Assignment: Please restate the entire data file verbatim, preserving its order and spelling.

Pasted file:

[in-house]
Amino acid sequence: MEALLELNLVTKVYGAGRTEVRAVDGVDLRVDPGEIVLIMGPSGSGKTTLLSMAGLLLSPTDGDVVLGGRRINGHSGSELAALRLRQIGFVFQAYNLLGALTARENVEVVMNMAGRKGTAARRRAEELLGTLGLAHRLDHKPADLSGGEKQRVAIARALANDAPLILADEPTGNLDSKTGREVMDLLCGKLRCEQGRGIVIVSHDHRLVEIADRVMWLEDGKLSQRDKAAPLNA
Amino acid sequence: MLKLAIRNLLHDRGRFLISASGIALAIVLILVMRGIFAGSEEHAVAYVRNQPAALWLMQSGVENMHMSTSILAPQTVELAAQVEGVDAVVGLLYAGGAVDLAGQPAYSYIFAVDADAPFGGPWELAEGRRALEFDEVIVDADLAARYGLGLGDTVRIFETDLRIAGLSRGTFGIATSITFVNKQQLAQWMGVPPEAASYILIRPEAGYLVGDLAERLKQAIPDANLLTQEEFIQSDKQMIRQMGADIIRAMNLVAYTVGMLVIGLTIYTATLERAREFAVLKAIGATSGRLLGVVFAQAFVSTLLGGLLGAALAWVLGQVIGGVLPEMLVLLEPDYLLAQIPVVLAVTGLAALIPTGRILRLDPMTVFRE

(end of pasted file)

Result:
[in-house]
Amino acid sequence: MEALLELNLVTKVYGAGRTEVRAVDGVDLRVDPGEIVLIMGPSGSGKTTLLSMAGLLLSPTDGDVVLGGRRINGHSGSELAALRLRQIGFVFQAYNLLGALTARENVEVVMNMAGRKGTAARRRAEELLGTLGLAHRLDHKPADLSGGEKQRVAIARALANDAPLILADEPTGNLDSKTGREVMDLLCGKLRCEQGRGIVIVSHDHRLVEIADRVMWLEDGKLSQRDKAAPLNA
Amino acid sequence: MLKLAIRNLLHDRGRFLISASGIALAIVLILVMRGIFAGSEEHAVAYVRNQPAALWLMQSGVENMHMSTSILAPQTVELAAQVEGVDAVVGLLYAGGAVDLAGQPAYSYIFAVDADAPFGGPWELAEGRRALEFDEVIVDADLAARYGLGLGDTVRIFETDLRIAGLSRGTFGIATSITFVNKQQLAQWMGVPPEAASYILIRPEAGYLVGDLAERLKQAIPDANLLTQEEFIQSDKQMIRQMGADIIRAMNLVAYTVGMLVIGLTIYTATLERAREFAVLKAIGATSGRLLGVVFAQAFVSTLLGGLLGAALAWVLGQVIGGVLPEMLVLLEPDYLLAQIPVVLAVTGLAALIPTGRILRLDPMTVFRE